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Bioconjug Chem. 2008 Apr;19(4):920-7. doi: 10.1021/bc700448h. Epub 2008 Apr 1.

Application of an HIV gp41-derived peptide for enhanced intracellular trafficking of synthetic gene and siRNA delivery vehicles.

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Department of Bioengineering, University of Washington, 1705 NE Pacific Street, Seattle, Washington 98195, USA.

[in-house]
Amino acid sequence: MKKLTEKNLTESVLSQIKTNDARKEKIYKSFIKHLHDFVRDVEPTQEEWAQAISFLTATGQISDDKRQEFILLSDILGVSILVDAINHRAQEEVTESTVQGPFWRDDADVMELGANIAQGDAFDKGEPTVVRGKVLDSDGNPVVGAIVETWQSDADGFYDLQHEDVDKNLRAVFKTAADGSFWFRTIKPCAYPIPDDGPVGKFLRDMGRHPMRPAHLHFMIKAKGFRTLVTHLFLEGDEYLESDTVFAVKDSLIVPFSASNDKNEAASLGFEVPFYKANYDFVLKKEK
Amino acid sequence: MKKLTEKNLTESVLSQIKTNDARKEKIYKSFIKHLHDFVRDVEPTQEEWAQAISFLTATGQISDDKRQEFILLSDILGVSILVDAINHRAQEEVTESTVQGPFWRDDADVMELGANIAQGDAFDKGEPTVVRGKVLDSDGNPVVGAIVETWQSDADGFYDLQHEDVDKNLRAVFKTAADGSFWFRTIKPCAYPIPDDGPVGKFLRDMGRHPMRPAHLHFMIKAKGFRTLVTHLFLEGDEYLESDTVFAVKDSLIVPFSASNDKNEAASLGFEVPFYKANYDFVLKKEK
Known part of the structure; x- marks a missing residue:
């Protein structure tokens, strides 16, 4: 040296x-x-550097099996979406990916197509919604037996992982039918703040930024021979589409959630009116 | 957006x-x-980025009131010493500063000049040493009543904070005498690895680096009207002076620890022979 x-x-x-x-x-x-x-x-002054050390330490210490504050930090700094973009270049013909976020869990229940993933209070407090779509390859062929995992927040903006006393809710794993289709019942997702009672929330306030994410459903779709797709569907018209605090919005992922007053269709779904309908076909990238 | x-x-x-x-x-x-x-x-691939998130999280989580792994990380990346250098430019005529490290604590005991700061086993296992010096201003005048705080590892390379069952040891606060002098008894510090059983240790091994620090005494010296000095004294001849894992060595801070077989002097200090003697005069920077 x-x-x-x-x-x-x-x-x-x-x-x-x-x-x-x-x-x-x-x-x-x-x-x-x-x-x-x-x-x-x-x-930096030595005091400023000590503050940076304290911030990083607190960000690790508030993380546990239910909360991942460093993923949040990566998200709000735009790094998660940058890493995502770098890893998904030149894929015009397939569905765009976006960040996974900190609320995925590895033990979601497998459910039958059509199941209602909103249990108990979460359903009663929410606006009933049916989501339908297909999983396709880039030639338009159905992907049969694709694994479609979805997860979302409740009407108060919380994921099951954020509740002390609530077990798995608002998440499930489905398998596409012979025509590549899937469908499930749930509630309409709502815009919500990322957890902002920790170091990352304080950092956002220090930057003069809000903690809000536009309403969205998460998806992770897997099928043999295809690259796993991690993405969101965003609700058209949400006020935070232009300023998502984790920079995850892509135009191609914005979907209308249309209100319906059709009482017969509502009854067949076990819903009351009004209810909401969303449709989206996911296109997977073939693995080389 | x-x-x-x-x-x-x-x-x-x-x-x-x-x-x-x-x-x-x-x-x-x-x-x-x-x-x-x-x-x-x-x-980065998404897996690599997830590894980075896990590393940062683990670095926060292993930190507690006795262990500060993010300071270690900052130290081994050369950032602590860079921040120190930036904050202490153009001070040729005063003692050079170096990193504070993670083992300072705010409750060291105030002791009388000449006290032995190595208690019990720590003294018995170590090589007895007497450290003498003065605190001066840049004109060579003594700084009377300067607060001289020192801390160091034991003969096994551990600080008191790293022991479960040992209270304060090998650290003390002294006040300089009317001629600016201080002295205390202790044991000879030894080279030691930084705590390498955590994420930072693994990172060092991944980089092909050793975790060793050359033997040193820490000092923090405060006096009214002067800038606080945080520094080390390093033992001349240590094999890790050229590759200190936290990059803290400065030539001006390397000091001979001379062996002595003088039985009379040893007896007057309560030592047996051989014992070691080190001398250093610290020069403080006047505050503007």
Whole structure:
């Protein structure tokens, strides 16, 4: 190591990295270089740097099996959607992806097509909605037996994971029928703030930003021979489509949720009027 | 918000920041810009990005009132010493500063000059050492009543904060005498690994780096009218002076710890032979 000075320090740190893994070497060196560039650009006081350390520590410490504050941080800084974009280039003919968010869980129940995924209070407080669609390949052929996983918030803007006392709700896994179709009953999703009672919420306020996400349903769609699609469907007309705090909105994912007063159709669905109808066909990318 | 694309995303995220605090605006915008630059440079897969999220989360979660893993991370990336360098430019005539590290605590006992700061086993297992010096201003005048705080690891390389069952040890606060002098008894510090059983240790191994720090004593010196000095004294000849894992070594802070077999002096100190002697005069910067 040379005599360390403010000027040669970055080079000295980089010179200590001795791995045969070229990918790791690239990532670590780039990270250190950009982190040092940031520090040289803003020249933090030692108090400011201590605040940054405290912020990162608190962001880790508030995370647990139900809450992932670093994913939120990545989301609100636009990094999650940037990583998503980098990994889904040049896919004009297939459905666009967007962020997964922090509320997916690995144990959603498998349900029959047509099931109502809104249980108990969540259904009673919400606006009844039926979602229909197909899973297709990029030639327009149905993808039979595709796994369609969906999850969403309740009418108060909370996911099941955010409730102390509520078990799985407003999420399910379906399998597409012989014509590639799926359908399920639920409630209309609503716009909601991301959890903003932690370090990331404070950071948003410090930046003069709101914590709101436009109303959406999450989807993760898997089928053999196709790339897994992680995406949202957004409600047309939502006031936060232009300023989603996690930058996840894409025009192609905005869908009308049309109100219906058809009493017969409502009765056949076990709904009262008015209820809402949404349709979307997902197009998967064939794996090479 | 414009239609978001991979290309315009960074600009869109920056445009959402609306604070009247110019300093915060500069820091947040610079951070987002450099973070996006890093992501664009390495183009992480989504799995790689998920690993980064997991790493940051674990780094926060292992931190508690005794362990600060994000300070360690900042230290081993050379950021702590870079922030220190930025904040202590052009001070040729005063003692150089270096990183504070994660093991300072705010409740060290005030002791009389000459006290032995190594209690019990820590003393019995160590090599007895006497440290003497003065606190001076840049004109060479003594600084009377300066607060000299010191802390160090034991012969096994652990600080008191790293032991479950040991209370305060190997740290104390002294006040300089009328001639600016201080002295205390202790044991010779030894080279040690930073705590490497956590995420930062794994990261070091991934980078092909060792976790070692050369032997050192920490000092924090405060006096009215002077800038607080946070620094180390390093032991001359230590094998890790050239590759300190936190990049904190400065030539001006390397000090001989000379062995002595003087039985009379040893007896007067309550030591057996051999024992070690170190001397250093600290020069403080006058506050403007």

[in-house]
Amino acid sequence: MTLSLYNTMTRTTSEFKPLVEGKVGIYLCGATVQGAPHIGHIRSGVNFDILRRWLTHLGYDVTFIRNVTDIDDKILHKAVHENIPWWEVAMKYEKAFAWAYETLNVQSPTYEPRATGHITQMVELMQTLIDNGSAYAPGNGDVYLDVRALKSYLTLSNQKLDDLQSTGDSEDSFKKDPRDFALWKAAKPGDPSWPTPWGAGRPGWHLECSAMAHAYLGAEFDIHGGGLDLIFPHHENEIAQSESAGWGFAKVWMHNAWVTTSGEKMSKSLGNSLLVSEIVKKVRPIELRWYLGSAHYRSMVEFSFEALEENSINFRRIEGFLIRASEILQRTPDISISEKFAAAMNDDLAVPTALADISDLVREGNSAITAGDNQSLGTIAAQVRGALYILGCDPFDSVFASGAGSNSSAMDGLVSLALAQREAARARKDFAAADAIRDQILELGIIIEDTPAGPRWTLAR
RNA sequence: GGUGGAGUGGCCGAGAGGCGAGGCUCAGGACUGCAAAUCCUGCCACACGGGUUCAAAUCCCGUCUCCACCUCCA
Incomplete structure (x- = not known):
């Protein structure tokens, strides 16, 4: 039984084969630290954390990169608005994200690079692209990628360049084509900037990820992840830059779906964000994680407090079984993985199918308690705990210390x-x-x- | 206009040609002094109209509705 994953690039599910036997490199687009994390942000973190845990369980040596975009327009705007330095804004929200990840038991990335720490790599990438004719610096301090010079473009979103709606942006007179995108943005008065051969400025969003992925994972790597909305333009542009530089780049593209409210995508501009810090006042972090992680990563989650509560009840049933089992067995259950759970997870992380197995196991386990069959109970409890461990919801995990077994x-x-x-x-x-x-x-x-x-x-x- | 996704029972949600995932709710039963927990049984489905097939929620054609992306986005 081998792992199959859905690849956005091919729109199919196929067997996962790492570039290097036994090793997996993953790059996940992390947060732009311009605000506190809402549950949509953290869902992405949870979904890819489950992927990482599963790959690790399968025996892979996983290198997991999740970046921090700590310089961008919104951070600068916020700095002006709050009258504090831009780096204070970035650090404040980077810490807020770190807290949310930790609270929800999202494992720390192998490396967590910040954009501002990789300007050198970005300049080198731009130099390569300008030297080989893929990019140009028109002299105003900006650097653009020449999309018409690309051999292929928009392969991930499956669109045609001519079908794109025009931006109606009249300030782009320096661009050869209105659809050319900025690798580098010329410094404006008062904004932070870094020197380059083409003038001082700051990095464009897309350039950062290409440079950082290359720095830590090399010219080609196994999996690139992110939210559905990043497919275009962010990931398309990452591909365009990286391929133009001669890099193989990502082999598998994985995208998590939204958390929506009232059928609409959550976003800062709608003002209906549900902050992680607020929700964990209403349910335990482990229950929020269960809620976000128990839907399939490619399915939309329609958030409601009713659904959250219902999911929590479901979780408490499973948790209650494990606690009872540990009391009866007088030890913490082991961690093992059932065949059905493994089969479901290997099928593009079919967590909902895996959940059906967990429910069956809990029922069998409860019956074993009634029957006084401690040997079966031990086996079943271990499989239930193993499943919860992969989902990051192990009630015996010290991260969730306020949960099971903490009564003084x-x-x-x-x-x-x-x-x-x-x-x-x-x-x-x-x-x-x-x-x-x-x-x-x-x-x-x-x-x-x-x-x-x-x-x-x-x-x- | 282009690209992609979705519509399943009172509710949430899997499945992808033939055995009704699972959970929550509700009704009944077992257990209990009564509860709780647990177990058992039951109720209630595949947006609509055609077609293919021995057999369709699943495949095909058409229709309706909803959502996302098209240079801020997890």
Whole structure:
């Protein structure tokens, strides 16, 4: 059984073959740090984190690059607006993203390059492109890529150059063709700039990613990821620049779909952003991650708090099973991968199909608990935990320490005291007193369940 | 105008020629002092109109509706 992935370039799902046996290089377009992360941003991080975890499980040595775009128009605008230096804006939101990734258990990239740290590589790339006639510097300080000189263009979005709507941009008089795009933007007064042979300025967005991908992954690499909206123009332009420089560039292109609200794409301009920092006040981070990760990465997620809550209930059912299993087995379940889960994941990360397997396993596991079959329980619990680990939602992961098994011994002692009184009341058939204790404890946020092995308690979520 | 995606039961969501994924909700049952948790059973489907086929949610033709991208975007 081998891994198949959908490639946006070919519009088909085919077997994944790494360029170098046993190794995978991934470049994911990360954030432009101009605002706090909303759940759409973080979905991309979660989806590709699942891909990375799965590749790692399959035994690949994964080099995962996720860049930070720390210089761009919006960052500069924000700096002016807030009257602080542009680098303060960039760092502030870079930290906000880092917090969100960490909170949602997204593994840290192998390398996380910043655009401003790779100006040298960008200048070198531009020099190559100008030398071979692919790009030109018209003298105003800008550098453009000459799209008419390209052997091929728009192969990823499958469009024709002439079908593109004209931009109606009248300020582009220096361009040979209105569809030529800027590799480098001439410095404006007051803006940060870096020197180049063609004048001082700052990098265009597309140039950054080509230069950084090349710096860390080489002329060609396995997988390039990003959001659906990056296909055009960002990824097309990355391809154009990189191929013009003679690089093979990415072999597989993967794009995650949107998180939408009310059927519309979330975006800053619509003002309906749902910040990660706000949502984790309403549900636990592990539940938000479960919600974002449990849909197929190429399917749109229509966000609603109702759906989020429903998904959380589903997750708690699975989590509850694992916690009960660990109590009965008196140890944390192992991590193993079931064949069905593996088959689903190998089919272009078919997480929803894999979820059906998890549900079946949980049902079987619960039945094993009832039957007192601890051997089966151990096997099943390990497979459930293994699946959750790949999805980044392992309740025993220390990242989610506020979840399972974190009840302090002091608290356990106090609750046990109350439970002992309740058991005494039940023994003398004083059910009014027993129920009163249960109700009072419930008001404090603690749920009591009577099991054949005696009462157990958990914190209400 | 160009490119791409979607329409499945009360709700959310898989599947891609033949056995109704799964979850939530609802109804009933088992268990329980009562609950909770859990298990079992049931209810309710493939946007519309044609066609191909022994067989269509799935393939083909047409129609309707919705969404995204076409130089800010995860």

Endosomal release is an efficiency-limiting step for many nonviral gene delivery vehicles. In this work, nonviral gene delivery vehicles were modified with a membrane-lytic peptide taken from the endodomain of HIV gp41. Peptide was covalently linked to polyethylenimine (PEI) and the peptide-modified polymer was complexed with DNA. The resulting nanoparticles were shown to have similar physicochemical properties as complexes formed with unmodified PEI. The gp41-derived peptide demonstrated significant lytic activity both as free peptide and when conjugated to PEI. Significant increases in transgene expression were achieved in HeLa cells when compared to unmodified polyplexes at low polymer to DNA ratios. Additionally, peptide-modified polyplexes mediated significantly enhanced siRNA delivery compared to unmodified polyplexes. Despite increases in transgene expression and siRNA knockdown, there was no increase in internalization or binding of modified carriers as determined by flow cytometry. The hypothesis that the gp41-derived peptide increases the endosomal escape of vehicles is supported by confocal microscopy imaging of DNA distributions in transfected cells. This work demonstrates the use of a lytic peptide for improved trafficking of nonviral gene delivery vehicles.

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